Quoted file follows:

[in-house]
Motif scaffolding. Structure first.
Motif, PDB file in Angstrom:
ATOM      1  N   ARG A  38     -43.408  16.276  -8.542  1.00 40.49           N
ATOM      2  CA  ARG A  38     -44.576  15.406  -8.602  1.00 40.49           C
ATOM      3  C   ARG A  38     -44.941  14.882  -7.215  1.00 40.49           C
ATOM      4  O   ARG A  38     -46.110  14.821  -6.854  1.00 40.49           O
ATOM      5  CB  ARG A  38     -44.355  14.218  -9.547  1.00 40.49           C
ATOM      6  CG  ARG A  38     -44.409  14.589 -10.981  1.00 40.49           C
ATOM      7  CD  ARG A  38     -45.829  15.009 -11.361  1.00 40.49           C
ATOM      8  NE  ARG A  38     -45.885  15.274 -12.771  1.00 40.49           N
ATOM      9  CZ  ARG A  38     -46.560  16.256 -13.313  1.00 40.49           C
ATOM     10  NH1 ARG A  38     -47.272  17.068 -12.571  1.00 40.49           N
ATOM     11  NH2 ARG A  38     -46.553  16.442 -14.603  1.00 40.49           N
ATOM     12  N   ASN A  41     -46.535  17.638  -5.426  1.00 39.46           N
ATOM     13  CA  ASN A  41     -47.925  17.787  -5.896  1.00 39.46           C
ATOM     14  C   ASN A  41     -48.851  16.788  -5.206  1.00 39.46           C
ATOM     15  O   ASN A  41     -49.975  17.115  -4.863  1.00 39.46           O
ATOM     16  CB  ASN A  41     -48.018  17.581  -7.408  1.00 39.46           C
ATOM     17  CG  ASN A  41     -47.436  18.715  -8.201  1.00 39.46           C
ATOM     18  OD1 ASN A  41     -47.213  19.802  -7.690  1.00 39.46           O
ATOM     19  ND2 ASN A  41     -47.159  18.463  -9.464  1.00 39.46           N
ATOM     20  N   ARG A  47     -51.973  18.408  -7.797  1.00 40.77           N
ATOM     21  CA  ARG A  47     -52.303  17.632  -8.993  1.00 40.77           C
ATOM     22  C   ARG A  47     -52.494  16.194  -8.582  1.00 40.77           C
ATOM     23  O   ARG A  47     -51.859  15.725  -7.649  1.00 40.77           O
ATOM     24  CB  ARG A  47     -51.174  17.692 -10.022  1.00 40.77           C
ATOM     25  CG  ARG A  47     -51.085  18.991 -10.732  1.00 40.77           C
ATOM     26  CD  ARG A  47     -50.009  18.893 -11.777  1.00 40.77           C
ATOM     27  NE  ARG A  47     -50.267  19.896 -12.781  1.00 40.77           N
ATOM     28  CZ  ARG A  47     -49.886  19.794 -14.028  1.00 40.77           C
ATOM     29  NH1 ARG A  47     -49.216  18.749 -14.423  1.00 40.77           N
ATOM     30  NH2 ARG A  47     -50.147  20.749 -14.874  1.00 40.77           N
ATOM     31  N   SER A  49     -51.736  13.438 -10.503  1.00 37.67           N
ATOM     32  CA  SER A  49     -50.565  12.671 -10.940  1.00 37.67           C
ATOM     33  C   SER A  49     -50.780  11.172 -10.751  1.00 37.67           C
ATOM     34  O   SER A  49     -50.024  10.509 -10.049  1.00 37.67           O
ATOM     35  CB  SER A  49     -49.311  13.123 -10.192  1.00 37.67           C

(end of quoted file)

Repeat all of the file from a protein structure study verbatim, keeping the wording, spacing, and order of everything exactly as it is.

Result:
[in-house]
Motif scaffolding. Structure first.
Motif, PDB file in Angstrom:
ATOM      1  N   ARG A  38     -43.408  16.276  -8.542  1.00 40.49           N
ATOM      2  CA  ARG A  38     -44.576  15.406  -8.602  1.00 40.49           C
ATOM      3  C   ARG A  38     -44.941  14.882  -7.215  1.00 40.49           C
ATOM      4  O   ARG A  38     -46.110  14.821  -6.854  1.00 40.49           O
ATOM      5  CB  ARG A  38     -44.355  14.218  -9.547  1.00 40.49           C
ATOM      6  CG  ARG A  38     -44.409  14.589 -10.981  1.00 40.49           C
ATOM      7  CD  ARG A  38     -45.829  15.009 -11.361  1.00 40.49           C
ATOM      8  NE  ARG A  38     -45.885  15.274 -12.771  1.00 40.49           N
ATOM      9  CZ  ARG A  38     -46.560  16.256 -13.313  1.00 40.49           C
ATOM     10  NH1 ARG A  38     -47.272  17.068 -12.571  1.00 40.49           N
ATOM     11  NH2 ARG A  38     -46.553  16.442 -14.603  1.00 40.49           N
ATOM     12  N   ASN A  41     -46.535  17.638  -5.426  1.00 39.46           N
ATOM     13  CA  ASN A  41     -47.925  17.787  -5.896  1.00 39.46           C
ATOM     14  C   ASN A  41     -48.851  16.788  -5.206  1.00 39.46           C
ATOM     15  O   ASN A  41     -49.975  17.115  -4.863  1.00 39.46           O
ATOM     16  CB  ASN A  41     -48.018  17.581  -7.408  1.00 39.46           C
ATOM     17  CG  ASN A  41     -47.436  18.715  -8.201  1.00 39.46           C
ATOM     18  OD1 ASN A  41     -47.213  19.802  -7.690  1.00 39.46           O
ATOM     19  ND2 ASN A  41     -47.159  18.463  -9.464  1.00 39.46           N
ATOM     20  N   ARG A  47     -51.973  18.408  -7.797  1.00 40.77           N
ATOM     21  CA  ARG A  47     -52.303  17.632  -8.993  1.00 40.77           C
ATOM     22  C   ARG A  47     -52.494  16.194  -8.582  1.00 40.77           C
ATOM     23  O   ARG A  47     -51.859  15.725  -7.649  1.00 40.77           O
ATOM     24  CB  ARG A  47     -51.174  17.692 -10.022  1.00 40.77           C
ATOM     25  CG  ARG A  47     -51.085  18.991 -10.732  1.00 40.77           C
ATOM     26  CD  ARG A  47     -50.009  18.893 -11.777  1.00 40.77           C
ATOM     27  NE  ARG A  47     -50.267  19.896 -12.781  1.00 40.77           N
ATOM     28  CZ  ARG A  47     -49.886  19.794 -14.028  1.00 40.77           C
ATOM     29  NH1 ARG A  47     -49.216  18.749 -14.423  1.00 40.77           N
ATOM     30  NH2 ARG A  47     -50.147  20.749 -14.874  1.00 40.77           N
ATOM     31  N   SER A  49     -51.736  13.438 -10.503  1.00 37.67           N
ATOM     32  CA  SER A  49     -50.565  12.671 -10.940  1.00 37.67           C
ATOM     33  C   SER A  49     -50.780  11.172 -10.751  1.00 37.67           C
ATOM     34  O   SER A  49     -50.024  10.509 -10.049  1.00 37.67           O
ATOM     35  CB  SER A  49     -49.311  13.123 -10.192  1.00 37.67           C